The next morning, I had to get him out of his box to re-evaluate him and put him in a larger enclosure, and hopefully get him to eat something. This is what I was greeted with when I approached the box he was in:

I think he was giving me a message – showing me his weapons, “Look lady, I’ll mess you up if you hurt me.” Luckily, my boss has trained me well on how to remove a nervous hawk from a small box. I put him in a large cage and gave him a defrosted mourning dove to eat (a previous patient who died. Hey, it’s better to use his body for good, right?). I gave him the dove because it will be food he recognizes, since Cooper’s eat a lot of doves in the wild. It would be stressful for him to eat in captivity so I wanted him to have something he’d recognize instantly. That’s why, when certain animals die, and they haven’t been given any drugs, we freeze them for future patients. Anyway, the Cooper’s tore into this dove carcass like he hadn’t eaten in a week. He might not have. He is doing well and hopefully will be released soon.

What a Smashing Hawk…

Today I answered the phone, “Wildlife Clinic, may I help you?” as I do many times a day. A woman answered me calmly, “oh, I do hope so. A hawk has just crashed through my window into the house.”.  I wasn’t as shocked as I might have been, because it’s the second time I’ve dealt with this situation!

Since it was only a few minutes away, I went to rescue the hawk. Turns out this woman’s daughter, in her 20s, was sitting on her bed, reading a book, when a hawk crashed through the glass of her window, entering her bedroom. Imagine sitting on your bed, sleepily reading a book, when a hawk crashes through the window. She said it was incredibly loud, and can’t believe the hawk wasn’t seriously injured. He was a juvenile Red Tailed Hawk, with his juvenile tail, so at least under 2 years old (when they earn their red tail). However, just because he is a juvenile, doesn’t mean he isn’t huge – they achieve their full size before they achieve their adult plumage. Clearly he was flying like a lunatic, chasing a bird for his dinner. Here’s a pic of the window. Note the top part, which is all shattered and shards all around the frame:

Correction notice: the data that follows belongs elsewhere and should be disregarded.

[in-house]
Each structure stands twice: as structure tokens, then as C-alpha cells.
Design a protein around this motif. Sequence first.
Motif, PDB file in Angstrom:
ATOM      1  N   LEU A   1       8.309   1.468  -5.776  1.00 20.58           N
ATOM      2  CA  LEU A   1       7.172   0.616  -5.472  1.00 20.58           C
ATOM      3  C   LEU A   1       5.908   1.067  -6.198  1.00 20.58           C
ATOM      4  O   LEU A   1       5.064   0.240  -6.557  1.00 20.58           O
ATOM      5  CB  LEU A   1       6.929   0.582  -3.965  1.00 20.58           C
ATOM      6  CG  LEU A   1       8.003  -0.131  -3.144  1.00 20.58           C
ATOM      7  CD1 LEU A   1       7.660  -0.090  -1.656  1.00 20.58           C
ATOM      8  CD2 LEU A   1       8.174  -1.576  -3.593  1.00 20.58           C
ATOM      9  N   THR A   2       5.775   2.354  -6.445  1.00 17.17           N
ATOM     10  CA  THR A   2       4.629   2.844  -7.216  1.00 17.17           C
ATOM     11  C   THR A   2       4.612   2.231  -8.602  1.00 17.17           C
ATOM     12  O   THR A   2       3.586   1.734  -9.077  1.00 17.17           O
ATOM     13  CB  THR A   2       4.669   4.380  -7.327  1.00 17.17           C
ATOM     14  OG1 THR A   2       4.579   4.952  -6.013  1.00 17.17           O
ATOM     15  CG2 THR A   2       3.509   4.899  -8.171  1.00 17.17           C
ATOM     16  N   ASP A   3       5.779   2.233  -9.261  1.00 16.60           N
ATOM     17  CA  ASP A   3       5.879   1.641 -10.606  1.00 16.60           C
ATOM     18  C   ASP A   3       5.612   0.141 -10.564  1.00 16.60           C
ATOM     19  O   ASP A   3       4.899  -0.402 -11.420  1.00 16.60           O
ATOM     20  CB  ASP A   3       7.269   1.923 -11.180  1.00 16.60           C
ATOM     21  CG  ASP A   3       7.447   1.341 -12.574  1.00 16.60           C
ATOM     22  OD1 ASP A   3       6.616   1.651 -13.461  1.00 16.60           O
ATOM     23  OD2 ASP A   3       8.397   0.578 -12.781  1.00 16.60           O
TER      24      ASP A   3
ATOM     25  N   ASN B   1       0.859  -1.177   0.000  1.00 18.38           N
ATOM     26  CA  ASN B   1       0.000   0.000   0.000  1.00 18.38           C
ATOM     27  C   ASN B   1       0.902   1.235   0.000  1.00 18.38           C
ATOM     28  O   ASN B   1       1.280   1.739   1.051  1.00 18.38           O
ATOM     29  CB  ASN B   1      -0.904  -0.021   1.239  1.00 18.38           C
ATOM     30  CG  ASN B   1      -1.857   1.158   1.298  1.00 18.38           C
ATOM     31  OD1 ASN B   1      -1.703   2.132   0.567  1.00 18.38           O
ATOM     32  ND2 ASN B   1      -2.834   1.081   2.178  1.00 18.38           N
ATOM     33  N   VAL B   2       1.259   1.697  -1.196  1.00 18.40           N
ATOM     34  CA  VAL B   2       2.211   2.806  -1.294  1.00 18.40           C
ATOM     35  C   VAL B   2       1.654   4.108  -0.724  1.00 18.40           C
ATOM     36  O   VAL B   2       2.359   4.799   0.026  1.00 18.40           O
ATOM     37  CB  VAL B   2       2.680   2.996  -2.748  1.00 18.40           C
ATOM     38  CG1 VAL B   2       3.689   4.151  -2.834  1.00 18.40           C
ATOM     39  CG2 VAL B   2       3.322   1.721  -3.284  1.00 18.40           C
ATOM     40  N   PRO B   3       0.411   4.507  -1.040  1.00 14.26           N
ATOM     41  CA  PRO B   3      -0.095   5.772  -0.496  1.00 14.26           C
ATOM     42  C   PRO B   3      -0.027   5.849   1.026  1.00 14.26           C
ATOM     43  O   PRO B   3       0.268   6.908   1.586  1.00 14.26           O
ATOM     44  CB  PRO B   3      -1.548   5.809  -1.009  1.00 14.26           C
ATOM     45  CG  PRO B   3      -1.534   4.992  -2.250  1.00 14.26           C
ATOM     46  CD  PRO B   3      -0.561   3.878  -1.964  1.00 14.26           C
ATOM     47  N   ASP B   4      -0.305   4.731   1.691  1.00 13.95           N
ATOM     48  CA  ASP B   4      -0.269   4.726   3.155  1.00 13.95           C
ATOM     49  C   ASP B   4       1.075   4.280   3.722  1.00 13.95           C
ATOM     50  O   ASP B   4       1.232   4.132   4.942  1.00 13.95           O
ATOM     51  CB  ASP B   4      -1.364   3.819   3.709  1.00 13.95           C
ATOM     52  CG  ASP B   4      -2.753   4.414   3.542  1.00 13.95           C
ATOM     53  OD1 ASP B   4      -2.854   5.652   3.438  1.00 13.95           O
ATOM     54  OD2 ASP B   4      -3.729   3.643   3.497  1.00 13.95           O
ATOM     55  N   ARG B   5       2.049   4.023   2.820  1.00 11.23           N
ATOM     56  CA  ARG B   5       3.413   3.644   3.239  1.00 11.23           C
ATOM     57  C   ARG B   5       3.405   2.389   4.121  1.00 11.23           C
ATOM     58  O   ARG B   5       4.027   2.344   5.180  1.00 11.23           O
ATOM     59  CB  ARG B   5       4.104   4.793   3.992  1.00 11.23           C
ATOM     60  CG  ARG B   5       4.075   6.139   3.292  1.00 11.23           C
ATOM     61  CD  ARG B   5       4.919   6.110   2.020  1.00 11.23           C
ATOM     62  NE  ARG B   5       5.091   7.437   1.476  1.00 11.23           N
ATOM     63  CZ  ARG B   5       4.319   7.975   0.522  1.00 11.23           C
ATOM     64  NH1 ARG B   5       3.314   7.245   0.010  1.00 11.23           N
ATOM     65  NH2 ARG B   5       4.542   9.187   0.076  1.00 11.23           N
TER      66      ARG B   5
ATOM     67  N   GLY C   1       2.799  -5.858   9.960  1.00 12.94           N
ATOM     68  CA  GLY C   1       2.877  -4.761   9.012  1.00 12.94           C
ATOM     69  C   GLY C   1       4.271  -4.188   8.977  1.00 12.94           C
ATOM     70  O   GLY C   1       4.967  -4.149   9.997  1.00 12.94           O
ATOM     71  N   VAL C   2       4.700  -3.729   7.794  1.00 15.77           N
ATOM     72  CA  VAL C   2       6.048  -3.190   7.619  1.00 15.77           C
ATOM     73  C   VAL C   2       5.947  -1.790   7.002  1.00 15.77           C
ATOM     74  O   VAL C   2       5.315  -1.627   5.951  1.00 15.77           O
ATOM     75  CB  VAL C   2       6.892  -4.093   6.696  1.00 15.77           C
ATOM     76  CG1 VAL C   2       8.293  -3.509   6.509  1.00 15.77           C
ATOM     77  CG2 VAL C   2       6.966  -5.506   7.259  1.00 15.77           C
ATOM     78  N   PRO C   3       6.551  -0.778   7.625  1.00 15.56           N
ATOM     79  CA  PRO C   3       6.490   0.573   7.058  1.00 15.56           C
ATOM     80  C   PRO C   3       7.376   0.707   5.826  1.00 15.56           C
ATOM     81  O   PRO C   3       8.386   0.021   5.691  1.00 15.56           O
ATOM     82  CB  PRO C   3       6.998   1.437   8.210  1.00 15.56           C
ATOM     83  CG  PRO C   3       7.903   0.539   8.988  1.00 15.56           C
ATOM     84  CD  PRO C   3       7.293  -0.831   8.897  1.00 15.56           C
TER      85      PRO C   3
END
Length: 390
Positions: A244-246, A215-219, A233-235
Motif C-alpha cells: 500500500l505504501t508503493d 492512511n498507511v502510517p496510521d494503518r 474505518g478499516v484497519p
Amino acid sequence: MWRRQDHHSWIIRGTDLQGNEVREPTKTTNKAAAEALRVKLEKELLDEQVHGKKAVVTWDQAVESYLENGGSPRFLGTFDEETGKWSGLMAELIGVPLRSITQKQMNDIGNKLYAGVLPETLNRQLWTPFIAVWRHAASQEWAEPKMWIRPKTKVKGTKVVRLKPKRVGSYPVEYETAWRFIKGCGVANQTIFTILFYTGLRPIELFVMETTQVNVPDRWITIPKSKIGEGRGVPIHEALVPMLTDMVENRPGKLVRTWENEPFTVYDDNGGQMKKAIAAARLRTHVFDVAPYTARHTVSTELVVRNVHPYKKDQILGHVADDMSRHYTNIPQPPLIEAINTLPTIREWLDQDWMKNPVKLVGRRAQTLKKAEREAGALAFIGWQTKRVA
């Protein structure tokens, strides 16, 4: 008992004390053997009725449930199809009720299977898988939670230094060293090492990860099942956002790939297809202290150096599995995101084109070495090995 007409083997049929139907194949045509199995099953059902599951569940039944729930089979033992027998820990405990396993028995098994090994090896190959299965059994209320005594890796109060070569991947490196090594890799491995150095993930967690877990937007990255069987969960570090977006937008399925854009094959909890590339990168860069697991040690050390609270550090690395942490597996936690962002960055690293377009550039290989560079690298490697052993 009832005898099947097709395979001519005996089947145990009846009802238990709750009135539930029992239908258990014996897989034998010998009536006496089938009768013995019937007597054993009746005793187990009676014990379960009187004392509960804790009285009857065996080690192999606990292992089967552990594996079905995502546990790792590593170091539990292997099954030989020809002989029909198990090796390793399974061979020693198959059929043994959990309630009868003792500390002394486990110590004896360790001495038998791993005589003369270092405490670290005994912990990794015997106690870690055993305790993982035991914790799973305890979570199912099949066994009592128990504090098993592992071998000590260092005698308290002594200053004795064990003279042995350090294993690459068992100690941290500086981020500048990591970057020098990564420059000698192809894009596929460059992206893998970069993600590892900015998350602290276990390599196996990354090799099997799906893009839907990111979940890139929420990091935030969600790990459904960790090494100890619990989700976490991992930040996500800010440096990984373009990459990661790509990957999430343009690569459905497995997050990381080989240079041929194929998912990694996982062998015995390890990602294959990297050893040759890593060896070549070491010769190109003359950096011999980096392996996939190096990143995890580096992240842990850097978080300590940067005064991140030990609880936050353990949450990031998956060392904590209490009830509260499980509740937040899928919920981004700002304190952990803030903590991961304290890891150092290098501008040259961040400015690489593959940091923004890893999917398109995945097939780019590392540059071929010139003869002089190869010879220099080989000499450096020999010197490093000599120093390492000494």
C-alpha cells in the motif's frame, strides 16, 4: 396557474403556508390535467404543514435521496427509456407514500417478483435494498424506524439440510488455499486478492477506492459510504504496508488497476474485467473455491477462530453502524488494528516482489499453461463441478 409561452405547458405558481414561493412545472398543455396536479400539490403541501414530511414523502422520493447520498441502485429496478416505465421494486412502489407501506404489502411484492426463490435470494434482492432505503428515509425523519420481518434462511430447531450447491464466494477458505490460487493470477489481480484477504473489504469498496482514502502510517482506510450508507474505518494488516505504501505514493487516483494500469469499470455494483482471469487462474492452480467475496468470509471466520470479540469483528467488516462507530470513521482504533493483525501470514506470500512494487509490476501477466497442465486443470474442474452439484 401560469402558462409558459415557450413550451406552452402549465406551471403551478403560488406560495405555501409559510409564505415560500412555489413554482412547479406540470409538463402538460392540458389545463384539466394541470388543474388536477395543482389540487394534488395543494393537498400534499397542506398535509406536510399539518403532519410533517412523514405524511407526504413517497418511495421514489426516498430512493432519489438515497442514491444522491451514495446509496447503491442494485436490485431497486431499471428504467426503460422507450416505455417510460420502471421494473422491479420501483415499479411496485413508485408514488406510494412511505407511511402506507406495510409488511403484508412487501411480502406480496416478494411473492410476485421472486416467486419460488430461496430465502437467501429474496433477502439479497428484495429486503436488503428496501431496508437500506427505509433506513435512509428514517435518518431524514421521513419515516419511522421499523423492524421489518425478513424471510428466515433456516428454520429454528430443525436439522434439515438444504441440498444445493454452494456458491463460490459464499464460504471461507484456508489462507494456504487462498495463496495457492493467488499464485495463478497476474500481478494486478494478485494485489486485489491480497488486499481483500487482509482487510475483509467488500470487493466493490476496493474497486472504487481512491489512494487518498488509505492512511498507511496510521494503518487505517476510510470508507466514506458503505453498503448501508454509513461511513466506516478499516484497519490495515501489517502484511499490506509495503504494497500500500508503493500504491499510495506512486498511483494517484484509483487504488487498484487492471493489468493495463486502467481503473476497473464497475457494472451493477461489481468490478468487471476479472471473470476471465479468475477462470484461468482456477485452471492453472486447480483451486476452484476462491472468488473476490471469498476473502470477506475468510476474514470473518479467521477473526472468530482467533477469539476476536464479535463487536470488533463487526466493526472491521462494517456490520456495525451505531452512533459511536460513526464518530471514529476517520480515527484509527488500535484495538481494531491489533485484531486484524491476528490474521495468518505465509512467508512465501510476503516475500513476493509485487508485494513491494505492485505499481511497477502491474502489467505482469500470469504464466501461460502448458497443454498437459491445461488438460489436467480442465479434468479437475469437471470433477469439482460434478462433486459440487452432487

The bottom half of the window was unaffected, and the hawk was ‘trapped’ between the bottom pane of glass and the window shade. I grabbed him by the legs, gave him a quick exam, and placed him in a dark box – and took him back to the clinic. Turns out he has no observable injuries, except for biting his tongue.  His body condition was good – not underweight or sick.He certainly has some head trauma, which we treated with anti-inflammatories and some dark and quiet time.  Here’s the lunatic flyer here, once I put her in a cage, where she was NOT happy:

And here’s the pile of glass he left in this young woman’s bedroom:

It seems likely that this hawk will be released soon, unless she has sustained some internal damage. Hopefully she’ll look where she’s going in the future. And the young lady is consulting a Native American friend who suggests that a hawk ‘entering your life’ has some sort of meaning. He certainly ‘entered her life’ dramatically.

Update! The hawk was released back behind the house where she came from . There is a huge, vast field and really tall thick trees surrounding it. Perfect. She flew off beautifully. No injuries or lasting damage.